• 3 garlic cloves, minced
  • 1 ½ tsp dried dill
  • 1 ½ tsp dried chives
  • ¼ cup feta cheese, crumbled
  • Additional salt to taste


Place the cucumber in a colander or mesh strainer positioned over a bowl or sink. Toss the cucumber gently with the salt. Let it rest for at least 30 minutes to allow excess water to drain out of the cucumber.

In a bowl whisk together the yogurt, sour cream, oil, vinegar, dill and chives. Stir in the cucumber and feta cheese. Add additional salt to taste. Thin with milk or buttermilk if desired. Chill for at least a few hours before serving for the best flavor.

Makes about 3 cups.

Linked at: Miz Helen’s Country Cottage, Living Well Spending Less, The Weekend Re-Treat

Simple, creamy, low-fat refried beans cooked entirely in the slow cooker.

Simple Slow Cooker Refried Beans

You know what I love about dried beans? They’re cheaper than dirt. Creamy low-fat refried beans cooked entirely in the slow cooker. You know what I don’t love about dried beans? You have to cook them for-ev-er or they taste like dirt. Rocky dirt.

The convenience of canned beans is great, but since I can get a pound of dry beans (which yields as much as about 4-5 cans of beans) for less than the price of one can…well, the dry beans win most of the time. Admittedly, dry beans are also a little more nutritious, with substantially less sodium—a 1/2 cup serving of plain pinto beans that started dry has almost no sodium while a 1/2 cup serving of canned pinto beans has around 200 mg of sodium, and slightly less nutrients.

Since I mostly stay at home with my kids, I can afford the prep time with dry beans, but the difficult part for me is planning ahead. This is the primary reason for a distinct deficit in my family’s bean consumption.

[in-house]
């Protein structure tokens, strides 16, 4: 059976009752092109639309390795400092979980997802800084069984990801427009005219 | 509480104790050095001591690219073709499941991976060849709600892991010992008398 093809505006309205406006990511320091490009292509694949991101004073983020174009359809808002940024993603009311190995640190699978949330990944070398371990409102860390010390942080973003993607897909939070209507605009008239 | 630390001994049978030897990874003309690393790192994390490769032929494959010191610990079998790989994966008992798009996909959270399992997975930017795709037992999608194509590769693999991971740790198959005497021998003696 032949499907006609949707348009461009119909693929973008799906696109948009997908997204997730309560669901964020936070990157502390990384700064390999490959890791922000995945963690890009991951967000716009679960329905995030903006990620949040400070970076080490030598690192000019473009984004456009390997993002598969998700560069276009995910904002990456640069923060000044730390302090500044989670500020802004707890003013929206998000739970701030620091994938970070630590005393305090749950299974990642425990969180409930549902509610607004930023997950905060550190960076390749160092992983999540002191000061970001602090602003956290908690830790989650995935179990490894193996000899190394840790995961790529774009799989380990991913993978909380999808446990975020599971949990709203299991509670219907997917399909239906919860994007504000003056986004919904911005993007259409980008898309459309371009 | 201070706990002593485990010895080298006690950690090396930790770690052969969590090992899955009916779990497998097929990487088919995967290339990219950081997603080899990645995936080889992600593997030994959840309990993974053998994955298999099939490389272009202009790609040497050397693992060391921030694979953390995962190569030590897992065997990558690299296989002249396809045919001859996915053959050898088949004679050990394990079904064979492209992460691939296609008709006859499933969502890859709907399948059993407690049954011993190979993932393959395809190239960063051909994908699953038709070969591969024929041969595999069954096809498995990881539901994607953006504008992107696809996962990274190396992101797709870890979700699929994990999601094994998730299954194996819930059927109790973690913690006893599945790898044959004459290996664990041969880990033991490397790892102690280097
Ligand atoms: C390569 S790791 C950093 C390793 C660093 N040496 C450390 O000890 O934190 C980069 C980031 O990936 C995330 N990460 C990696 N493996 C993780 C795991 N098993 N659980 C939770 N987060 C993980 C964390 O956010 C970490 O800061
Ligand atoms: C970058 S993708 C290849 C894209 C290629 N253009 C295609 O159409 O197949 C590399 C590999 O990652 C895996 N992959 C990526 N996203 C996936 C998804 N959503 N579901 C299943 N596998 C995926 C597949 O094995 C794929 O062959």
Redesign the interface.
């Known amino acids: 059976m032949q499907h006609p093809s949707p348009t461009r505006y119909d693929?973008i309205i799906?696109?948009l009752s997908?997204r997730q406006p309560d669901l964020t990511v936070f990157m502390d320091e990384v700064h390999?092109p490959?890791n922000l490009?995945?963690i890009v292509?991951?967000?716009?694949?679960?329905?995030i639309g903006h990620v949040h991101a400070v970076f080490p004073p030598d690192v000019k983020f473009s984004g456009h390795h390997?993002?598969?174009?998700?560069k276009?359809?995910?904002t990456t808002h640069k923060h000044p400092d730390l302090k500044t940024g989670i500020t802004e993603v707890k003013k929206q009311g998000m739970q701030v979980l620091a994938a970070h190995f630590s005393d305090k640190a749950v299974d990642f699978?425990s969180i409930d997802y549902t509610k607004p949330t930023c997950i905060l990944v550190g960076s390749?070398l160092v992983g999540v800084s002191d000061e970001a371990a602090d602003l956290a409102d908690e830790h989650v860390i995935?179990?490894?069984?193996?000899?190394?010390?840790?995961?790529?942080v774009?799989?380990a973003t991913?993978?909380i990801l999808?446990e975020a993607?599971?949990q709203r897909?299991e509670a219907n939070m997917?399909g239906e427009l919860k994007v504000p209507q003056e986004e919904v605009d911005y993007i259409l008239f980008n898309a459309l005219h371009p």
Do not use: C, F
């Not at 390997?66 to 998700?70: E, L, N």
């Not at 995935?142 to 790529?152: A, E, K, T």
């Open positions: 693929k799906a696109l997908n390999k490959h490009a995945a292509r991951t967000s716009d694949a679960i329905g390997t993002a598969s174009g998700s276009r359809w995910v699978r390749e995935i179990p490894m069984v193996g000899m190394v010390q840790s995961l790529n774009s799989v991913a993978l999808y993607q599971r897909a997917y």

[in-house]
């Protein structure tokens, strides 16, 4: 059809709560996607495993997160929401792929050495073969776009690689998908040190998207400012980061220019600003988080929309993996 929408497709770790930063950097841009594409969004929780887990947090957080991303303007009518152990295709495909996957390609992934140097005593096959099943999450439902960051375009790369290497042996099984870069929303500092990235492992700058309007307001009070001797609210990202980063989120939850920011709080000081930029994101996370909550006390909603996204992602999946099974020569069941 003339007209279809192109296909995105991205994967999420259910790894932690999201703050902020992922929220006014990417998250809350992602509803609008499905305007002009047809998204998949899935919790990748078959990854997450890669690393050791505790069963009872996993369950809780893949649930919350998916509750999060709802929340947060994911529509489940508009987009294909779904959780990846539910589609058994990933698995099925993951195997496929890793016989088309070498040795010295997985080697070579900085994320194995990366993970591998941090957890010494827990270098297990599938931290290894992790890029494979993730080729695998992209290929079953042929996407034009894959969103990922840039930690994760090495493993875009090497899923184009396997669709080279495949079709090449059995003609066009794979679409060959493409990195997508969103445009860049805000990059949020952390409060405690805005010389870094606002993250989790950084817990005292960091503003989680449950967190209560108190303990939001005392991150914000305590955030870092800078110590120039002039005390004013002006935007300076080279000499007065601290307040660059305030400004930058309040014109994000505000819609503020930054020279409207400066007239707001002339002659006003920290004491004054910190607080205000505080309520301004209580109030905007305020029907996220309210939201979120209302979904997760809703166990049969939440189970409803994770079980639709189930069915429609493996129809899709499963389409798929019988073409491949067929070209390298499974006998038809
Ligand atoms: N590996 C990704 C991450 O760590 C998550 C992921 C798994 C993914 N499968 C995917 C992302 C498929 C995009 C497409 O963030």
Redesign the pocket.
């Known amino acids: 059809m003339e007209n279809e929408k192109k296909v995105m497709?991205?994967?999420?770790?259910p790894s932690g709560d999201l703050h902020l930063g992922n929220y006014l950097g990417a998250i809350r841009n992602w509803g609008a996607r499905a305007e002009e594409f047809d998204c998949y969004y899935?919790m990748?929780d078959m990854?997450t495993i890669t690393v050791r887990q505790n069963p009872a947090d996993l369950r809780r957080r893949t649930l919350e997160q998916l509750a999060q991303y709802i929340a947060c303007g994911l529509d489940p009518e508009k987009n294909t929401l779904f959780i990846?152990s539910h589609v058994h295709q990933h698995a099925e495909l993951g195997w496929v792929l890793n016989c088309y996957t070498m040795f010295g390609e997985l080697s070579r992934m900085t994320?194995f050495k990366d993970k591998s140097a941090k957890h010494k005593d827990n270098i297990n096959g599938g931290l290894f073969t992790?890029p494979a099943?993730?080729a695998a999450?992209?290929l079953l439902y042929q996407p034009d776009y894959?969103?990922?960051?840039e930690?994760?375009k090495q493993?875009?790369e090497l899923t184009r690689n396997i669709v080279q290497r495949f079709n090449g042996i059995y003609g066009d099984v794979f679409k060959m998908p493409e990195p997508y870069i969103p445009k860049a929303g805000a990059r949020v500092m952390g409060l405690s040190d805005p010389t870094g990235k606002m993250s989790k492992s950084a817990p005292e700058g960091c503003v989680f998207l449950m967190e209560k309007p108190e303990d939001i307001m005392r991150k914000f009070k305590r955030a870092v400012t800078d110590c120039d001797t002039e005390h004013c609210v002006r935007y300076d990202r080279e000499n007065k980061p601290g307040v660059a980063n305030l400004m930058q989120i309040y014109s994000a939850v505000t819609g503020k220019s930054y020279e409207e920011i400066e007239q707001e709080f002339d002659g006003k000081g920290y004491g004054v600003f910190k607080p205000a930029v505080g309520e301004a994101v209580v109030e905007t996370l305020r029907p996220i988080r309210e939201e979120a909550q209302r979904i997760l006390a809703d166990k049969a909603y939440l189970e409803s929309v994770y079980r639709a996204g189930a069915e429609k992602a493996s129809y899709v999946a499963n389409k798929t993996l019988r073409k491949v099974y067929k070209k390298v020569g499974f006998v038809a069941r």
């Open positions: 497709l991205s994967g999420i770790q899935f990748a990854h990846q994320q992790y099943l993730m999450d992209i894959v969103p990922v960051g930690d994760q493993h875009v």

Enter the slow cooker.

Unfortunately, I have trouble using the slow cooker for the same reason I have trouble cooking beans, namely, planning ahead. However, it at least means that I can go about my activities without monitoring a boiling pot and even leave the house without interrupting the cooking.

I’m attempting to increase the number of bean recipes in my staple collection, and this recipe for slow cooker refried beans has become a favorite. I was never a fan of refried beans until I had them at a Mexican restaurant, creamy and swimming in melted cheese. Then I was a big fan. The canned variety of refried beans is in my personal estimation, glop, so I was excited to discover this simple and tasty method of creating refried beans at home. They don’t even require “frying” of any sort, so they are less fatty.

Here’s how it works. You have two options:

Option #1 (With Soak): Sort the beans. That means looking through them for little rocks. Yes, rocks really like to hide with beans. Rinse them, pour them into a large container (I just use my slow cooker without turning it on) and cover them with water. Cover the pot and let them sit overnight. In the morning, drain off the water and proceed with the recipe.

Soaking will shorten your cooking time and make the beans the easiest on the digestive tract.

Option #2 (No-Soak Method): Sort the beans and rinse them. Place them in the slow cooker and proceed with the recipe. This option requires a longer cooking time to obtain soft beans, but it does work with pinto beans and black beans. Never use this method with kidney beans. Always follow the soaking directions on the package for kidney beans because they contain a toxin called phytohaemagglutinin, which will make you sick. Certain other beans contain low levels of this toxin as well.